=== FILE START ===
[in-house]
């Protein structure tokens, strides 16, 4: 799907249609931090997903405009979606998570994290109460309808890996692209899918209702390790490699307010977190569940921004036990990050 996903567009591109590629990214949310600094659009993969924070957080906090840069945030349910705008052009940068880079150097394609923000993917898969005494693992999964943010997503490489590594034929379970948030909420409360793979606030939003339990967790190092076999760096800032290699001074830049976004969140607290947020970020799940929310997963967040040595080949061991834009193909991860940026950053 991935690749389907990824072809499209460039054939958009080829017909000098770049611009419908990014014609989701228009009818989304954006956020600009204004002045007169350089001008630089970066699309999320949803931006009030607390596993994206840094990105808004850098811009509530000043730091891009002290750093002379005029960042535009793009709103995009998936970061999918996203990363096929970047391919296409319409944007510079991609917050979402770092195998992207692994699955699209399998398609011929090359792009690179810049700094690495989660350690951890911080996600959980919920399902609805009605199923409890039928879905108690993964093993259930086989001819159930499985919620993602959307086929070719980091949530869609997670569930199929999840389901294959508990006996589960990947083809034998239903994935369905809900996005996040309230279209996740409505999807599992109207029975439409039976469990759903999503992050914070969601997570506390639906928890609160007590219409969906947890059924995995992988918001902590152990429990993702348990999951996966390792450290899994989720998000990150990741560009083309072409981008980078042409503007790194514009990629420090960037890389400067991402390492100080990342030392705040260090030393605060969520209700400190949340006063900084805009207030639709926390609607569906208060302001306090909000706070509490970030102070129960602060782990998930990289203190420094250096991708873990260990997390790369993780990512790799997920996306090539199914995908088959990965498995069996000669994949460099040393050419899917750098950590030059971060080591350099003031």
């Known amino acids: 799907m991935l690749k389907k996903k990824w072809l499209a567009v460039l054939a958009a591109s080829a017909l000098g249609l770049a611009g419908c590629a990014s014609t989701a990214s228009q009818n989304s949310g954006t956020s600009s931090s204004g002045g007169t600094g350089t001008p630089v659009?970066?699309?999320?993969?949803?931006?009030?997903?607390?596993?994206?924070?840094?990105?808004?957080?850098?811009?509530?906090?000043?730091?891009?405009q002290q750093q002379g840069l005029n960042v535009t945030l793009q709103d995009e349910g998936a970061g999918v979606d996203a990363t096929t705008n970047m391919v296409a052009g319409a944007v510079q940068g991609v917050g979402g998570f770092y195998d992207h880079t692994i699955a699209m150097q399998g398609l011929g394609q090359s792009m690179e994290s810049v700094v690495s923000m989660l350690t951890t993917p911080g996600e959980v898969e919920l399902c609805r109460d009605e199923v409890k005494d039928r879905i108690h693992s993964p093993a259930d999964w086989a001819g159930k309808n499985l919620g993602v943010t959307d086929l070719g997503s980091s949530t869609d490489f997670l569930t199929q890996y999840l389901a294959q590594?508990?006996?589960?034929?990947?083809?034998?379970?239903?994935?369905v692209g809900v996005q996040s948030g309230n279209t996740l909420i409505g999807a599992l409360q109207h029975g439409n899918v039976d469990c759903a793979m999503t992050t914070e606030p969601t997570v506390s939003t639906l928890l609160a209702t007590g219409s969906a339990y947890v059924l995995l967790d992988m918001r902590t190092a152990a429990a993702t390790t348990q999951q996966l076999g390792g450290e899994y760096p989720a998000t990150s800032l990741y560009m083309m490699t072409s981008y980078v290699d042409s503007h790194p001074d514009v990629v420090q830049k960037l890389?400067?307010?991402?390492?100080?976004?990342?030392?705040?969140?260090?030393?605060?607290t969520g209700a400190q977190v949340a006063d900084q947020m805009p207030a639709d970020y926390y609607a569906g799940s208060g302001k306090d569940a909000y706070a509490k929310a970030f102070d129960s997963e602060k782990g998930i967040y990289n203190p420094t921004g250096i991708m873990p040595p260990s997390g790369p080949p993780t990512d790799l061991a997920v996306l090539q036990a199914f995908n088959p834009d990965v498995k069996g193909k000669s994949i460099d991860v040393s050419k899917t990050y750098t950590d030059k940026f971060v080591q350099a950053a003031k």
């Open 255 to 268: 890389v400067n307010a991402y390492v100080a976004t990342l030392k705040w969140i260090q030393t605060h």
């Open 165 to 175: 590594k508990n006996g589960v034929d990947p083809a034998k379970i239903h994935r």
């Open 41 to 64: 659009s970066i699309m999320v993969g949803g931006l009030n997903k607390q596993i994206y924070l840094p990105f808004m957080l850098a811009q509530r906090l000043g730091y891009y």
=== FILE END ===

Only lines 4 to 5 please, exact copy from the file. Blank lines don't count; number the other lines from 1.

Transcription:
């Open 255 to 268: 890389v400067n307010a991402y390492v100080a976004t990342l030392k705040w969140i260090q030393t605060h």
């Open 165 to 175: 590594k508990n006996g589960v034929d990947p083809a034998k379970i239903h994935r």